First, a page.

For almost a decade, the tyrannical Ngo Dinh Diem governed South Vietnam as a one-party police state while the U.S. financed his tyranny. In this new book, Seth Jacobs traces the history of American support for Diem from his first appearance in Washington as a penniless expatriate in 1950 to his murder by South Vietnamese soldiers on the outskirts of Saigon in 1963.
Drawing on recent scholarship and newly available primary sources, Cold War Mandarin explores how Diem became America's bastion against a communist South Vietnam, and why the Kennedy and Eisenhower administrations kept his regime afloat. Finally, Jacobs examines the brilliantly organized public-relations campaign by Saigon's Buddhists that persuaded Washington to collude in the overthrow—and assassination—of its longtime ally.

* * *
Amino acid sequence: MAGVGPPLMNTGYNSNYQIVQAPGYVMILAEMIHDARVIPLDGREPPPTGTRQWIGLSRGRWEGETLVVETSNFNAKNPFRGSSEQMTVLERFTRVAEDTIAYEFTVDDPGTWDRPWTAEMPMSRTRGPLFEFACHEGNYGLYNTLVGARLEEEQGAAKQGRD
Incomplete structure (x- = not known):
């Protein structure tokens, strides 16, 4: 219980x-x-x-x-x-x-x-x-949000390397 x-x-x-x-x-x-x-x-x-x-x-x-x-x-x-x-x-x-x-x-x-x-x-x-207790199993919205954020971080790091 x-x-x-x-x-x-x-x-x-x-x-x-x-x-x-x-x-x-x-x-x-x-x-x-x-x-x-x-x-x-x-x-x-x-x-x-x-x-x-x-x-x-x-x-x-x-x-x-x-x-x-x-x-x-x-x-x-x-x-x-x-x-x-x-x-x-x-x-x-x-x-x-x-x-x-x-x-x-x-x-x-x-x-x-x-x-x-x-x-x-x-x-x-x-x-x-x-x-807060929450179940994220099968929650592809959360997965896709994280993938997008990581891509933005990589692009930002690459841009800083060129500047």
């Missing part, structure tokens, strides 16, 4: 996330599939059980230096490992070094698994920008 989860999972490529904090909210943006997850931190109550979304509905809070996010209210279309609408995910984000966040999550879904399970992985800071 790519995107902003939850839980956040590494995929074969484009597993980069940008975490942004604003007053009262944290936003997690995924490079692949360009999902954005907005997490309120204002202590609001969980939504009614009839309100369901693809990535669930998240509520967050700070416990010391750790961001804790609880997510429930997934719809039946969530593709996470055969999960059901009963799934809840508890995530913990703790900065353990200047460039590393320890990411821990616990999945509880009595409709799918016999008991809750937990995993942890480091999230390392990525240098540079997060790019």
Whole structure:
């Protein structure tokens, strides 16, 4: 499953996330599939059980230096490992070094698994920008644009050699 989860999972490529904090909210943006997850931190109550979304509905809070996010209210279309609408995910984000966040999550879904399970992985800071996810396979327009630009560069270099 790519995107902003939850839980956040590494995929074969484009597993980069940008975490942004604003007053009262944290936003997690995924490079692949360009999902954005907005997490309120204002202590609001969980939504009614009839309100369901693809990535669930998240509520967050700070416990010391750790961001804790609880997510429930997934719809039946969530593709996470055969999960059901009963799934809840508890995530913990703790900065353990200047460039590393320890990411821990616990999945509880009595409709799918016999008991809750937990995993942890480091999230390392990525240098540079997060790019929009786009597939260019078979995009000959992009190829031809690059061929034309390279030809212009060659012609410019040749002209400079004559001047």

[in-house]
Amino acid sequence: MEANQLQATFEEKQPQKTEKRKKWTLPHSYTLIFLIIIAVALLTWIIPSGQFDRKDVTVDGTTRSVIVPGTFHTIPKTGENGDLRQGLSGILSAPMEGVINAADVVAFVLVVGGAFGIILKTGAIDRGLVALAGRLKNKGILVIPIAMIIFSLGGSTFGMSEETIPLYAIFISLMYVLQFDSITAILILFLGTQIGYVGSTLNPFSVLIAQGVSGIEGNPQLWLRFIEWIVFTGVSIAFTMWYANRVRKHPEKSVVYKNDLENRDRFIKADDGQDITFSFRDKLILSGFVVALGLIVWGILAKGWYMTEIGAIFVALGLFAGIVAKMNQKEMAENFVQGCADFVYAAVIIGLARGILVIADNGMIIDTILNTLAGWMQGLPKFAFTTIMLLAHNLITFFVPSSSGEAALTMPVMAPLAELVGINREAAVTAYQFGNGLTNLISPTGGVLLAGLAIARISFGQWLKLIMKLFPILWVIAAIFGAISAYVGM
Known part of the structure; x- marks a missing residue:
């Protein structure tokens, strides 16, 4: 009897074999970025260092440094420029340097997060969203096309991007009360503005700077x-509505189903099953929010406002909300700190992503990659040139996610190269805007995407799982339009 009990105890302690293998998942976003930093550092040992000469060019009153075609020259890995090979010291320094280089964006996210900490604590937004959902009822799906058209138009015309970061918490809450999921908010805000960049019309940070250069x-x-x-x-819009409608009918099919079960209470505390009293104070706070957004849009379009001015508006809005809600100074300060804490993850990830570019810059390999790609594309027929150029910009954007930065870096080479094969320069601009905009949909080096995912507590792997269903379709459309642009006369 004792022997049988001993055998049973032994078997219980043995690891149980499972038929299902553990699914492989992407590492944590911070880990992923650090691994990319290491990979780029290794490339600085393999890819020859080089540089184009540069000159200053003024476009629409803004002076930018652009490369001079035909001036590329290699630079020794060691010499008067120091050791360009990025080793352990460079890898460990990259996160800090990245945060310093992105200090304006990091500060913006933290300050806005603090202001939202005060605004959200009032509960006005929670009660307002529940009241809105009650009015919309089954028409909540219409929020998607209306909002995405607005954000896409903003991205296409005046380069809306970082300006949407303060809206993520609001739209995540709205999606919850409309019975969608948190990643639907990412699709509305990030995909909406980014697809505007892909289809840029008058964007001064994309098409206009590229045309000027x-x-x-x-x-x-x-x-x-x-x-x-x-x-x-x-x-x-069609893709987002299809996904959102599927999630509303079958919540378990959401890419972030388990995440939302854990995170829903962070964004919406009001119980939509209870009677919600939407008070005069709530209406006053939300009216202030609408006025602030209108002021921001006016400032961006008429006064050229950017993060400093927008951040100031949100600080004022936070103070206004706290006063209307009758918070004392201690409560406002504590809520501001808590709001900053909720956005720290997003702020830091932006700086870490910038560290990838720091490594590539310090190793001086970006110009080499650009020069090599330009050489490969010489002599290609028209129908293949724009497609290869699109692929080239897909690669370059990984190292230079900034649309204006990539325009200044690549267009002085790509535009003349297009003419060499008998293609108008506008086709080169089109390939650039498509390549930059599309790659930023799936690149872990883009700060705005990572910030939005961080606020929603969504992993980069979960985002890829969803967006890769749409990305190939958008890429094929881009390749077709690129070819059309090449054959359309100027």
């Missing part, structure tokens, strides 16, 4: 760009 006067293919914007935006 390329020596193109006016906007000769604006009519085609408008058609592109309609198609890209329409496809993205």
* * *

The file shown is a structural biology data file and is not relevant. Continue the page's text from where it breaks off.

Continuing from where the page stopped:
In this clear and succinct analysis, Jacobs details the "Diem experiment," and makes it clear how America's policy of "sink or swim with Ngo Dinh Diem" ultimately drew the country into the longest war in its history.